Short answer: you grieve
When a person you love ceases to exist, you suffer a loss.
When a person you love ceases to exist in the way you once perceived him or her, you suffer the same loss. You’re left with only memories of who you thought they were.
So you grieve.
You grieve the loss of the person you thought you knew.
It’s a sad proposition when you are faced with a reality that alluded you for so many years- reality that you chose to live in, but became unsustainable.
Once that veil is removed and the true narcissist is revealed, you can’t go back. To go back requires you live in denial. To live in denial will result in misery.
There is a difference between living in denial and being blissfully unaware. (We all wish we could live in the latter sometimes). Denial provides temporary relief perhaps, but it will cause greater damage. Denial is poisonous.
It’s better to accept the loss of a perception of a person than to force yourself to believe that perception is reality.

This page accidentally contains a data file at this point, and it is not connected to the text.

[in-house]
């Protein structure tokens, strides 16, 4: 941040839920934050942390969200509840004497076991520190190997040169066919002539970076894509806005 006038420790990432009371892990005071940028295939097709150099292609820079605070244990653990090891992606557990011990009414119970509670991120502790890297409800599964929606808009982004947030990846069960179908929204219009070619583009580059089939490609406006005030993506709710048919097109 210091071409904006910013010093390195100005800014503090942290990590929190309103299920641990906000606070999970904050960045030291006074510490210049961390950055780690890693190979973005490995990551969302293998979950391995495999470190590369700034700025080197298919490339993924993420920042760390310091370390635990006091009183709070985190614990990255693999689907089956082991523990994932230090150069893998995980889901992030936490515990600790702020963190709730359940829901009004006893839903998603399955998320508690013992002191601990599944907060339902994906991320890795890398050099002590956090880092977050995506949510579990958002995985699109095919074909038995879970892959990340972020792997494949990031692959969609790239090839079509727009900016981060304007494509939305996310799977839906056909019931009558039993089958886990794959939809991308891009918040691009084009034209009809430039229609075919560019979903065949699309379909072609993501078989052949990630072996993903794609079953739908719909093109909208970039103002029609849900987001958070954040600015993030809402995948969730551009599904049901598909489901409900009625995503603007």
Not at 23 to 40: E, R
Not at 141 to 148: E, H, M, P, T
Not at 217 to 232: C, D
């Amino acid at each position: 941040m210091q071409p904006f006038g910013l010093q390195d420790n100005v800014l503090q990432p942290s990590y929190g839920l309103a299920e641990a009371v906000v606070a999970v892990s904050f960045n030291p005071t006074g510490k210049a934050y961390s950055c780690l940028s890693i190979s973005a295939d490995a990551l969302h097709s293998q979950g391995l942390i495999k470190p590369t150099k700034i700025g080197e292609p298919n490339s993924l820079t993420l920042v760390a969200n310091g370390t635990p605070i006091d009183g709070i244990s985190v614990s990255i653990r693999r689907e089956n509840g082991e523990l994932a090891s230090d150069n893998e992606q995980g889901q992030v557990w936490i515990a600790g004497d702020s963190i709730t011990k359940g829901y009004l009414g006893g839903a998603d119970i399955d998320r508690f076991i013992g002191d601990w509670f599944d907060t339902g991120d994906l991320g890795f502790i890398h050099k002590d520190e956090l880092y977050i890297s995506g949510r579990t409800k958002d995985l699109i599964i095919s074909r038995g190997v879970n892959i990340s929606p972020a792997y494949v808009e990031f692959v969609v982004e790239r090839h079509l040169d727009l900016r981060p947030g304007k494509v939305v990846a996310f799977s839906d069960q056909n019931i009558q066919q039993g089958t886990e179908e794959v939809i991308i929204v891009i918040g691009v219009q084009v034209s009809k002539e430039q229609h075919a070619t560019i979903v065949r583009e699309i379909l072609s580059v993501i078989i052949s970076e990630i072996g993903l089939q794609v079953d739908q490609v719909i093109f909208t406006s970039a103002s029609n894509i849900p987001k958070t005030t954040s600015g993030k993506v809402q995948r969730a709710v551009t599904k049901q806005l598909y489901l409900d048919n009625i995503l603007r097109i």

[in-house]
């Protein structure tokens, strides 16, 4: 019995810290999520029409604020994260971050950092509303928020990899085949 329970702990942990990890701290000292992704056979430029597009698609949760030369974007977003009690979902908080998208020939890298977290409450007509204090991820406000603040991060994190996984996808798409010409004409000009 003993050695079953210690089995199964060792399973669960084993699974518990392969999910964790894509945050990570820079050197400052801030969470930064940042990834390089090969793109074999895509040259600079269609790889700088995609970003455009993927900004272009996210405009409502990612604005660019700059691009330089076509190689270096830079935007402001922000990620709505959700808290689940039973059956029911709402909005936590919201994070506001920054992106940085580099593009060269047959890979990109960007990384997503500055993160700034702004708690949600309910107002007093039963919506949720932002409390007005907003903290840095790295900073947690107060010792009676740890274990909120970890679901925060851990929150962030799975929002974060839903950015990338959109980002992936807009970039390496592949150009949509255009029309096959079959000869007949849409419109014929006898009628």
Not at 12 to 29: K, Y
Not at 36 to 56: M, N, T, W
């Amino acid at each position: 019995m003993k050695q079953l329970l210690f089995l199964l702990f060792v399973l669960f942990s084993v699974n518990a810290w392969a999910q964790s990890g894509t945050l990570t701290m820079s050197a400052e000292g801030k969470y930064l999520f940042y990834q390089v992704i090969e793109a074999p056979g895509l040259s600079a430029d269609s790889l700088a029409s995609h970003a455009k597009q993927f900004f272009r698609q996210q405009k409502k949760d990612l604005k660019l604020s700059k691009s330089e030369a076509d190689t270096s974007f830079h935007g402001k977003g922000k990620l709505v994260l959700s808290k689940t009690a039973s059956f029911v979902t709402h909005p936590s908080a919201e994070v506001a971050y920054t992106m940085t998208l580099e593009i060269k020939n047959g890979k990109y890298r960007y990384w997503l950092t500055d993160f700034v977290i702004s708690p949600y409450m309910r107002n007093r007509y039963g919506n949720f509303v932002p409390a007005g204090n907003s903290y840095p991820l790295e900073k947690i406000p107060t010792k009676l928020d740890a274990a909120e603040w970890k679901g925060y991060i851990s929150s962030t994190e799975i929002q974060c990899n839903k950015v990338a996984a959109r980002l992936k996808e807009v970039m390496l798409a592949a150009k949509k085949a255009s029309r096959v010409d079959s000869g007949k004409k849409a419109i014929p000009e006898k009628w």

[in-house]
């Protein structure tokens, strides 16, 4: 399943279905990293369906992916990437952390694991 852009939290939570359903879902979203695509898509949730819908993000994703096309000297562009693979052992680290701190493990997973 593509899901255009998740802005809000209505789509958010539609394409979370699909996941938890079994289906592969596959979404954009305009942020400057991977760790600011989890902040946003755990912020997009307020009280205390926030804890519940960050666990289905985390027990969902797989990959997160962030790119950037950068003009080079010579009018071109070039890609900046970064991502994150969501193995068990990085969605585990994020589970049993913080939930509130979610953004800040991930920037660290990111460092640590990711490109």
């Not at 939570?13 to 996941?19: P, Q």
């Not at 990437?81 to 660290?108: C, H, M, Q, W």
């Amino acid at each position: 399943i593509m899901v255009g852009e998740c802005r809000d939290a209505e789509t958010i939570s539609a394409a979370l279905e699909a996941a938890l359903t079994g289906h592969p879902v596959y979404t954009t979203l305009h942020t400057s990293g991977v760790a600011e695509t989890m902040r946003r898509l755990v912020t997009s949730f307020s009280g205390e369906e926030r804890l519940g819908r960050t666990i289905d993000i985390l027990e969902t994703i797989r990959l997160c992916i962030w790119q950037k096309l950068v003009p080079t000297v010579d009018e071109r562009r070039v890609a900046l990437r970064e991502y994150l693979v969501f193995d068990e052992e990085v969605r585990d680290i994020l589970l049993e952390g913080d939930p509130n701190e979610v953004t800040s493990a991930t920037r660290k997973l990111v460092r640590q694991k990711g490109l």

Grieving the loss of a perception is difficult because the person is still alive. Their presence is a constant reminder of that loss. You might even wish you could change them back to who you thought they were. Maybe therapy, maybe medication. But no. They are who they are.
Your discovery of that person’s true nature is your burden. The best way to move forward is to accept the loss of who you thought that person was and accept the fact that person is a narcissist.
Only then can you begin a grieving process.
Take time for yourself. Concentrate on your self care. Protect yourself from future manipulations and gaslighting. Above all, write. Write your feelings on a personal journal. Many who read this will attest to its cathartic nature. Writing has a strong positive effect in the healing process.
So what happens when you discover a narcissist in your life?
You recognize, accept, grieve and protect yourself.